13 October 2008

6 Ways to Get More From Your Guitar Lessons

This post shows you six ways you can benefit by studying your guitar lessons when you're not playing. Many players leave their lesson material sitting in their guitar bag, or on a shelf at home. They are missing out on some great opportunities to boost their guitar learning in spare moments they could use to study.

Here's what that extra study could do for your guitar playing. You can study in your spare time, sitting in the bus or train on your way to work, waiting for someone, or in your lunch break.

  1. Improve memory.
  2. Reduce mistakes.
  3. Improve reading skills.
  4. Identify what you need to work on.
  5. Know just what to practice when you pick up your guitar.
  6. Increase your motivation.

Let's see how this extra lesson study can do all of this for you.

Improve Memory

The idea is simple, the more you read your lessons the more you will remember them.

You will also memorize things better if you preview them before detailed study and review them afterwards. If you have your lesson book handy you can easily do this by reading through stuff you haven't played yet and by reviewing lessons you did a while ago.

Reduce Mistakes

A big cause of playing mistakes is that you simply don't know what to play next sometimes. You often have the technical skill to play the next chord, or lick, but if you are unsure of what you are about to play you mess it up.

As you study and memorize your exercises and songs you will improve your memory of what comes next. You can start to think ahead a little while you play and prepare with confidence your next moves.

Improve Reading Skills

You don't need a guitar in hand to work on your music notation or tab reading skills. Practice reading along and saying the names of notes and chords. You can try to hum or sing them, too, it's a good exercise for you ear. You can also simply practice reading the rhythm and tap your hands in time to what you should play.

Identify What You Need to Work On

When you review your lesson, or practice reading as described above, try to visualize what you play on the guitar. If you have a clear mental picture of what to do the chances are you can play it. As an example, can you instantly "see" in your mind how to play an A chord?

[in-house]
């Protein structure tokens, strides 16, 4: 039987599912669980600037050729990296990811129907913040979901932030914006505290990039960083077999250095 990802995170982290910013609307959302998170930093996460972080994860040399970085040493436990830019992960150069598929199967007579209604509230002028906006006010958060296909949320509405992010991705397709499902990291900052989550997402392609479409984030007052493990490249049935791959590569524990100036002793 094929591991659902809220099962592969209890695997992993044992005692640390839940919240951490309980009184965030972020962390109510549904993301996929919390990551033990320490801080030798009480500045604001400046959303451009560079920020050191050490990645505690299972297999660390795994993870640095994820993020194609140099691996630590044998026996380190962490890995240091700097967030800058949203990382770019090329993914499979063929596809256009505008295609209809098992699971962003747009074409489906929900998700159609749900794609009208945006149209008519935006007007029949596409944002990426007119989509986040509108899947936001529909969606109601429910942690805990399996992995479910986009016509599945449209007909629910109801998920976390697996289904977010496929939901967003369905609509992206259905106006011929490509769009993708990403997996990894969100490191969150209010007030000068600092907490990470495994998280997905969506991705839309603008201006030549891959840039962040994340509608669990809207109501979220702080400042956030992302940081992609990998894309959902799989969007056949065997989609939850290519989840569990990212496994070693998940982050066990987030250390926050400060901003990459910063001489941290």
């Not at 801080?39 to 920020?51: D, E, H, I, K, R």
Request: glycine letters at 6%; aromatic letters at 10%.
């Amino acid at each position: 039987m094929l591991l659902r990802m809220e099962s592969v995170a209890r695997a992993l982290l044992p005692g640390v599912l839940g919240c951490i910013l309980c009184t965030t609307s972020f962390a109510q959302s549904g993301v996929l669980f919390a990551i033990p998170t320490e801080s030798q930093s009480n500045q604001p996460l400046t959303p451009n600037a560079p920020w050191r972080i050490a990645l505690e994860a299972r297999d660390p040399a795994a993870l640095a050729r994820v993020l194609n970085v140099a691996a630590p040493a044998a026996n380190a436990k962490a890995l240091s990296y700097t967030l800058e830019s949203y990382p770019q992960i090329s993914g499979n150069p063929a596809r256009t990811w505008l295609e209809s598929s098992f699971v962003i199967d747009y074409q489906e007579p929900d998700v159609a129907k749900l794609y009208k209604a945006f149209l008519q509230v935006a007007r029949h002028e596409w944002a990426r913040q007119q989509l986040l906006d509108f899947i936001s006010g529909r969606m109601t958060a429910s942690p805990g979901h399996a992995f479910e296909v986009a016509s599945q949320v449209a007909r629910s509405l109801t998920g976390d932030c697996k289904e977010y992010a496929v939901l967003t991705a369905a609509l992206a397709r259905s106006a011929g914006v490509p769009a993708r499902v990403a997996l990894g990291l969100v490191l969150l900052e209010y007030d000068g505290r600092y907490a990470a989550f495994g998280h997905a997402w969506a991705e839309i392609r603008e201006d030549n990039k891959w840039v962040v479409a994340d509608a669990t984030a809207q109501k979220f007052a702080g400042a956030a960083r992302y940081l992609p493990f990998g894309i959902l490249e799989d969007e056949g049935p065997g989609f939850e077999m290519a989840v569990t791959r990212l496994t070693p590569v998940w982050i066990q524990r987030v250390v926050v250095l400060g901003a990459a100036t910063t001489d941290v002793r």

Things that you don't see how to play are areas of weakness that you need to work on.

Know Just What to Practice When You Pick Up Your Guitar

With a good memorization of your lesson and knowledge of your weaknesses you won't have to think much about what to do when you do have your guitar handy. Instead of doodling and wondering what to play your mind can instantly give you several things to work on.

Increase Your Motivation

The extra guitar reminders you get from browsing or studying your lessons regularly stimulates your desire to play. In addition you will raise questions as you read and your natural curiosity will be just dying to answer them in practice.

There you have six good reasons to carry your lessons around with you. You can carry a tutorial book or sheet music, put audio lessons onto your mp3 player or a CD that you can play in your car. Here's a quick review of the benefits you can expect.

  1. Improve memory of your lessons and songs.
  2. Reduce mistakes caused when you're unsure what comes next.
  3. Improve reading skills for both notes and rhythms.
  4. Identify what you need to work on next time you practice.
  5. Know just what to practice when you pick up your guitar.
  6. Increase your motivation by making the guitar more present in your life.

Now if you're serious about learning guitar better, why not go fetch your lessons from your guitar bag now and put them into the bag you take to work or school. If you read through them just once a day you will give your guitar learning a useful supplement.

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Sarge said...

Great post and on point too.

Gary Fletcher said...

Hi Curt, glad to hear you enjoyed the post. Thanks for stopping by.

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